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Production of Seaweeds

Seaweeds are a large and diverse group of marine macrophytic algae, a primitive type of plants lacking true root, stem and leaf. It can be found in intertidal and subtidal coastal region to considerable depths of ocean, floating freely or attached to substrate.These are simple in their structural compositions because they take up nutrients into their blades or fronds directly from the seawater. India possesses 434 species of red seaweeds, 194 species of brown seaweeds and 216 species of green seaweeds.They are classified into these three groups according to their unique photosynthetic pigments, which give them their characteristic colors and unique properties. Kappaphycus alvarezii is a fast-growing species which has wide acceptance for seaweed farming in India.

Seaweeds are raw material for extraction of phycocolloids (agar, alginate and carrageenan), which have applications in the food, beverages, pharmaceutical, chemical, cosmetic and textile industries. In Kerala coast,the agar yielding seaweeds such as Gelidium, Gelidiella, Gracilaria and Plerocladia; the agaroid yielding seaweeds Hypnea and Acanthophora, the algin yielding seaweed Sargassum and edible seaweeds Ulva, Caulerpa, Enteromorpha and Porphyra occur in appreciable quantities.

Seaweeds are considered as medicinal food of the 21st century. They are high in trace elements, vitamins, and unique bioactive compounds, making them highly nutritious for people, animals and plantsand have yielded molecules for anti-HIV drugs. They also provide a strong base for growth promoters for several plants and are expected to be the major source of bio fertilizers to start organic agricultural revolution.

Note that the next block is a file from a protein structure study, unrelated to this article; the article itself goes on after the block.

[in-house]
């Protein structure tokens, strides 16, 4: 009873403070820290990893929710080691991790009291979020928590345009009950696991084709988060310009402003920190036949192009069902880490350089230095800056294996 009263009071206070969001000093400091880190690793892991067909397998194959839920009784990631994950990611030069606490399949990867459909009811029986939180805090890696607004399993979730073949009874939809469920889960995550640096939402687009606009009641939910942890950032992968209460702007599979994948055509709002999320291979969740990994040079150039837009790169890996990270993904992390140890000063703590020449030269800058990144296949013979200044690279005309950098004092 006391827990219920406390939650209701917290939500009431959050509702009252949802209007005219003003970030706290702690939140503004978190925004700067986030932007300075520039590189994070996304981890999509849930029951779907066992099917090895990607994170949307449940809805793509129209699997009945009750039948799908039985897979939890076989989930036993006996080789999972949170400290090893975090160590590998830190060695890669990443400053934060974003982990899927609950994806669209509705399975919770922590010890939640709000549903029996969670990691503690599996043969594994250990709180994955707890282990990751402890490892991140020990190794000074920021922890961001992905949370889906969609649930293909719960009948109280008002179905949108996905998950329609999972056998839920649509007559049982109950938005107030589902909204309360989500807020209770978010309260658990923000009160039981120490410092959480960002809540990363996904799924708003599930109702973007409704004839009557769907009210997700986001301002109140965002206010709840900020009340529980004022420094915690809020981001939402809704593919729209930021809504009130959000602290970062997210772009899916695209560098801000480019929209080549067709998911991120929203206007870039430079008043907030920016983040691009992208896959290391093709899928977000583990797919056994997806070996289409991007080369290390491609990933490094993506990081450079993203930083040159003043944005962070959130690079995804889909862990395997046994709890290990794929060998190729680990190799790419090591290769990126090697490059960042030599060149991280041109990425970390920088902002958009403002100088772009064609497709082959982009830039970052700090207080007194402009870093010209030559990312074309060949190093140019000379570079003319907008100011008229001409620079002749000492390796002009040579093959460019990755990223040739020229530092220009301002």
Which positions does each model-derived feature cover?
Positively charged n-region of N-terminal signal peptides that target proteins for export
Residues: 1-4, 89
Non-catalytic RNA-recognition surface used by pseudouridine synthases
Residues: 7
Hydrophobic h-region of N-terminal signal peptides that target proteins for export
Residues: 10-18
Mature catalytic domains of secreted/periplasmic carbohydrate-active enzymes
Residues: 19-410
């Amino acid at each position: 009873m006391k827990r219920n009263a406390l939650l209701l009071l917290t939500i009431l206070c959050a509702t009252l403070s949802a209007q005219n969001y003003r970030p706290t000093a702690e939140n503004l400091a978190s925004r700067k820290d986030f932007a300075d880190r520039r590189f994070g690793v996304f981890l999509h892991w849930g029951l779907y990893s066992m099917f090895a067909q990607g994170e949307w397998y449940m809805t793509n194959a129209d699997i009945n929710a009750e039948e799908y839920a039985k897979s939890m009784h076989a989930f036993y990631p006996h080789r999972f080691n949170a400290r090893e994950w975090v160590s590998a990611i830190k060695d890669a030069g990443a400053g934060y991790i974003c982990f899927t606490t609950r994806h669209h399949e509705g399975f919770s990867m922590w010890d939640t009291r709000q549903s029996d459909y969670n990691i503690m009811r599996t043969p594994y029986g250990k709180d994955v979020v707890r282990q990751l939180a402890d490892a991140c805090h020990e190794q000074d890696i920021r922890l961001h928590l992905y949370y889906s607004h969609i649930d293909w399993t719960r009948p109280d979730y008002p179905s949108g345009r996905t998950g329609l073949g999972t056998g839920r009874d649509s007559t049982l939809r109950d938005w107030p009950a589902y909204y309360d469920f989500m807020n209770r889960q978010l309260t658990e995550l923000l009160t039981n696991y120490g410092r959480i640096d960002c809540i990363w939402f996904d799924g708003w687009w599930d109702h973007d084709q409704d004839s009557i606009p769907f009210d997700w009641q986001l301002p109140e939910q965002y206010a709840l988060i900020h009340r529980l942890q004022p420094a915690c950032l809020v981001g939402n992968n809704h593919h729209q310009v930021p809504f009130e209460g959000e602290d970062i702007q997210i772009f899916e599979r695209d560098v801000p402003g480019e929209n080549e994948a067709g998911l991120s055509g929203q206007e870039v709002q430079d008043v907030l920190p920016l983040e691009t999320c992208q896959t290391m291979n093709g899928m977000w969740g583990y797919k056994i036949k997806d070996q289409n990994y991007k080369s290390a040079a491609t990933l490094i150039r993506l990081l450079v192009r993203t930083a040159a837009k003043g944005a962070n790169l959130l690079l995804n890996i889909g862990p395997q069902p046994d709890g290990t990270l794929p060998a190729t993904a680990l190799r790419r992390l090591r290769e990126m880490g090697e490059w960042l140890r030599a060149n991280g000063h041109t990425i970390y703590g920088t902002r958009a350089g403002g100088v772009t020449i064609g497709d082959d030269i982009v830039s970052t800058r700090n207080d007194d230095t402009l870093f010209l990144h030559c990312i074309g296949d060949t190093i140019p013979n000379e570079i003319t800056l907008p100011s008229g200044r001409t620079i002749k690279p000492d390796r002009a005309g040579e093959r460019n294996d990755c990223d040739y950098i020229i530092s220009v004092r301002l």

Seed Material

Since they are grown by vegetative propagation method, fragments from grown plant are used as seeding material. The seedling to be collected should be brittle, shiny and must have young branches with sharp pointed tips and there should not be any grazing or whitened thallus (which can be the indication of diseases). It is collected by leaving the basal portion for regeneration. Small wiry plant like Gelidiella acerosa which is attached firmly to substratum, is collected using a scalpel. The lengthy plants like Sargassum and Turbineria can be collected easily by hands alone. Caulerpa racemosa, Ulva lactuca and Enteromorpha compressa which grow on the intertidal and shallow water areas can be collected by hand picking. Acanthophora spicifera and Hypnea valentiae is also collected by hand picking. Gracilaria edulis grows attached to small stones, pebbles and as epiphytes on seagrass and available upto 1-2 m depth. It is slender and easy to remove from the substratum. The seed materialis collected in polythene bag or plastic bucket containing seawater. The water is changed frequently on the way for long distance transportation.After the material is brought to the shore, itis transferred to plastic bin or FRP tank containing clean seawater. In the case of seaweed farming unit, if the conditions are favourable in the field for further cultivation, the remnants of first harvest are allowed to grow further or a part of the harvested materialis used as seed material for subsequent crop.